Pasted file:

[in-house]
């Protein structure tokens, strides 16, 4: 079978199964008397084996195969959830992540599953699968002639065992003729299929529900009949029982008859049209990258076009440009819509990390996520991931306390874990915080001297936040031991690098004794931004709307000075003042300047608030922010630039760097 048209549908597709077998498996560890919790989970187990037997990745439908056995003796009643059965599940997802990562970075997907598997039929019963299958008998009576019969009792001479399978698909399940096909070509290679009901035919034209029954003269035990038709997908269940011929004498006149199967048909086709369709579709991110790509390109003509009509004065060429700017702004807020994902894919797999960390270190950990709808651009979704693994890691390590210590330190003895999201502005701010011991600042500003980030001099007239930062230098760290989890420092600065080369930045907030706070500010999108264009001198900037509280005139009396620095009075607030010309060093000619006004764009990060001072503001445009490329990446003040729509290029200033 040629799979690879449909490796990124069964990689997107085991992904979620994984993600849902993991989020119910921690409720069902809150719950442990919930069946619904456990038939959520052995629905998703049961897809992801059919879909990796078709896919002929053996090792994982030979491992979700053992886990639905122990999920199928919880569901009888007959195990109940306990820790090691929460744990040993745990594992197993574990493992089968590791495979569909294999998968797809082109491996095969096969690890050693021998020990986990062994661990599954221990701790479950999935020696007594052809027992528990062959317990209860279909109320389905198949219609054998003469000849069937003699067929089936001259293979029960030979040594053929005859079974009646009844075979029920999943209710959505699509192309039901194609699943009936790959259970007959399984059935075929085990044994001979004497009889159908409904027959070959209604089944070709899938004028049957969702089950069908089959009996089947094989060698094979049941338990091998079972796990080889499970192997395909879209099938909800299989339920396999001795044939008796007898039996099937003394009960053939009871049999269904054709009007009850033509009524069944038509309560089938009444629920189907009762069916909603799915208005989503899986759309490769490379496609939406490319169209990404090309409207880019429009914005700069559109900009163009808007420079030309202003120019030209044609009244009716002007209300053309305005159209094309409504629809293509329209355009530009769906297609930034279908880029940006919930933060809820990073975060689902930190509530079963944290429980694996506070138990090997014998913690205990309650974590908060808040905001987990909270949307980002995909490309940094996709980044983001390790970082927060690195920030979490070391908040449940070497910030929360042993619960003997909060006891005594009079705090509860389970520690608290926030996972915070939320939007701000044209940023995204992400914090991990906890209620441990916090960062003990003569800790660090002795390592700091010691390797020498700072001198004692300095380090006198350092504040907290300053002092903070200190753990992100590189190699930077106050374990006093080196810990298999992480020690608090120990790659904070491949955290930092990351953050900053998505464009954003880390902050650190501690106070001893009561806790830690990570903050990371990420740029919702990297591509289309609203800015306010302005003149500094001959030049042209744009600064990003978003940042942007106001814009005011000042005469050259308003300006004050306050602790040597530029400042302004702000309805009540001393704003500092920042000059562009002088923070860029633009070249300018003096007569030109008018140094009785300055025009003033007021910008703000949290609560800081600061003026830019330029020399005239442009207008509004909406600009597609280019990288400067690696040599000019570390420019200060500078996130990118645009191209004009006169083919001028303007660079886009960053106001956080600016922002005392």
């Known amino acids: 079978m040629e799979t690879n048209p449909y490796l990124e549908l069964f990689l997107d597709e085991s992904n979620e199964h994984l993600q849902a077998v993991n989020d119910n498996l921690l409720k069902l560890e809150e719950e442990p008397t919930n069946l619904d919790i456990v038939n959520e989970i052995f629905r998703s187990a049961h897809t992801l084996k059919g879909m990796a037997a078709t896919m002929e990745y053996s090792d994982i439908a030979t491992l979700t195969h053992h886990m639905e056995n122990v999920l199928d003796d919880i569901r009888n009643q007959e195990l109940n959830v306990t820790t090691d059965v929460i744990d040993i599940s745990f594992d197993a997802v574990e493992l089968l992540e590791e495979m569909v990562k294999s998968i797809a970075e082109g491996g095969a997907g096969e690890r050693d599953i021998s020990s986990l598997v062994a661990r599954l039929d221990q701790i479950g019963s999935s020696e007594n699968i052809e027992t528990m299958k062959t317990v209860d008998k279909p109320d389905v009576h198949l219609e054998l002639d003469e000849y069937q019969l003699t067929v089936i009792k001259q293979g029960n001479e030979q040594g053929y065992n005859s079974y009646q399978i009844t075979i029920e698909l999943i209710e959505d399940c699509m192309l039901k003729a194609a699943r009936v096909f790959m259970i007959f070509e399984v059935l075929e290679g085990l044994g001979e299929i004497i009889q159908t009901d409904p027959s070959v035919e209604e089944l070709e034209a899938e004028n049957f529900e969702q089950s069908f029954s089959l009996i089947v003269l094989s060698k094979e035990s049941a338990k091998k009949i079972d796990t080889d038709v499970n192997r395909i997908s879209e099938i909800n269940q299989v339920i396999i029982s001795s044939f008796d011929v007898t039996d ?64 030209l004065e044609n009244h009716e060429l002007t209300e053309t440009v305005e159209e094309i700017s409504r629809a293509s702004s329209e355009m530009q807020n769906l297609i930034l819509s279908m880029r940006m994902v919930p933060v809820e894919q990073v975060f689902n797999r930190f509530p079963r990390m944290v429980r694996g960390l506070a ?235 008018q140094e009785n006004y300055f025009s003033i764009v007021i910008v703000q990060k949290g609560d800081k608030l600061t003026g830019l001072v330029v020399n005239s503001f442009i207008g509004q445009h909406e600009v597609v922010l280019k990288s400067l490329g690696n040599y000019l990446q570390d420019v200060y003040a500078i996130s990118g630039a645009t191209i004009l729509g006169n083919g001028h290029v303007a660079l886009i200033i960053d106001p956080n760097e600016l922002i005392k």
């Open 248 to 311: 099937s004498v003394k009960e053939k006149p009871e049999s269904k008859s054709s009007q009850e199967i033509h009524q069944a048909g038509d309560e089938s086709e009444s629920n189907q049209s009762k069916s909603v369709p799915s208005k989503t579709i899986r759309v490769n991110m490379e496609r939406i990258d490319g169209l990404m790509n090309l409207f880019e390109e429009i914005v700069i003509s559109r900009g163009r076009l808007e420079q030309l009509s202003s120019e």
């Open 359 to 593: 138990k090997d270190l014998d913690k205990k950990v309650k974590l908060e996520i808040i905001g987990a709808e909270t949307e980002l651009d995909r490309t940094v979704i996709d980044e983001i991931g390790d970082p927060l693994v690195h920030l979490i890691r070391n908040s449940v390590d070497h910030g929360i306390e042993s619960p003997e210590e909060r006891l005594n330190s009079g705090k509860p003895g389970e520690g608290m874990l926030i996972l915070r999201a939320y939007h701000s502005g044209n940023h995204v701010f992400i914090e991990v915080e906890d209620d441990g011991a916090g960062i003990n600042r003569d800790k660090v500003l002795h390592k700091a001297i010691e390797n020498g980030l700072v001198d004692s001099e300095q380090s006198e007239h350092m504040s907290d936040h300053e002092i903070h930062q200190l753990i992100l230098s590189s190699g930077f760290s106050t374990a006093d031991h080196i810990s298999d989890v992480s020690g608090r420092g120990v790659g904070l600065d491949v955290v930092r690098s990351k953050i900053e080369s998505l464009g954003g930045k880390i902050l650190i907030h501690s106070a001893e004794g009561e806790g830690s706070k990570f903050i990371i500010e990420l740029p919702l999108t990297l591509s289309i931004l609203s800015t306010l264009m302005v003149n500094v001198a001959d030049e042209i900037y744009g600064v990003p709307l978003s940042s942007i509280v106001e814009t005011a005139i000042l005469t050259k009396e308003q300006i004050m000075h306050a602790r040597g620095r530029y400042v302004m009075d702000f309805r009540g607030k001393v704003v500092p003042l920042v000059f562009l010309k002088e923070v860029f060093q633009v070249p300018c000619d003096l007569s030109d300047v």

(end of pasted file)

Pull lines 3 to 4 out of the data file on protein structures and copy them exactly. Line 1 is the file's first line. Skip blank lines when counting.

């Known amino acids: 079978m040629e799979t690879n048209p449909y490796l990124e549908l069964f990689l997107d597709e085991s992904n979620e199964h994984l993600q849902a077998v993991n989020d119910n498996l921690l409720k069902l560890e809150e719950e442990p008397t919930n069946l619904d919790i456990v038939n959520e989970i052995f629905r998703s187990a049961h897809t992801l084996k059919g879909m990796a037997a078709t896919m002929e990745y053996s090792d994982i439908a030979t491992l979700t195969h053992h886990m639905e056995n122990v999920l199928d003796d919880i569901r009888n009643q007959e195990l109940n959830v306990t820790t090691d059965v929460i744990d040993i599940s745990f594992d197993a997802v574990e493992l089968l992540e590791e495979m569909v990562k294999s998968i797809a970075e082109g491996g095969a997907g096969e690890r050693d599953i021998s020990s986990l598997v062994a661990r599954l039929d221990q701790i479950g019963s999935s020696e007594n699968i052809e027992t528990m299958k062959t317990v209860d008998k279909p109320d389905v009576h198949l219609e054998l002639d003469e000849y069937q019969l003699t067929v089936i009792k001259q293979g029960n001479e030979q040594g053929y065992n005859s079974y009646q399978i009844t075979i029920e698909l999943i209710e959505d399940c699509m192309l039901k003729a194609a699943r009936v096909f790959m259970i007959f070509e399984v059935l075929e290679g085990l044994g001979e299929i004497i009889q159908t009901d409904p027959s070959v035919e209604e089944l070709e034209a899938e004028n049957f529900e969702q089950s069908f029954s089959l009996i089947v003269l094989s060698k094979e035990s049941a338990k091998k009949i079972d796990t080889d038709v499970n192997r395909i997908s879209e099938i909800n269940q299989v339920i396999i029982s001795s044939f008796d011929v007898t039996d ?64 030209l004065e044609n009244h009716e060429l002007t209300e053309t440009v305005e159209e094309i700017s409504r629809a293509s702004s329209e355009m530009q807020n769906l297609i930034l819509s279908m880029r940006m994902v919930p933060v809820e894919q990073v975060f689902n797999r930190f509530p079963r990390m944290v429980r694996g960390l506070a ?235 008018q140094e009785n006004y300055f025009s003033i764009v007021i910008v703000q990060k949290g609560d800081k608030l600061t003026g830019l001072v330029v020399n005239s503001f442009i207008g509004q445009h909406e600009v597609v922010l280019k990288s400067l490329g690696n040599y000019l990446q570390d420019v200060y003040a500078i996130s990118g630039a645009t191209i004009l729509g006169n083919g001028h290029v303007a660079l886009i200033i960053d106001p956080n760097e600016l922002i005392k």
């Open 248 to 311: 099937s004498v003394k009960e053939k006149p009871e049999s269904k008859s054709s009007q009850e199967i033509h009524q069944a048909g038509d309560e089938s086709e009444s629920n189907q049209s009762k069916s909603v369709p799915s208005k989503t579709i899986r759309v490769n991110m490379e496609r939406i990258d490319g169209l990404m790509n090309l409207f880019e390109e429009i914005v700069i003509s559109r900009g163009r076009l808007e420079q030309l009509s202003s120019e």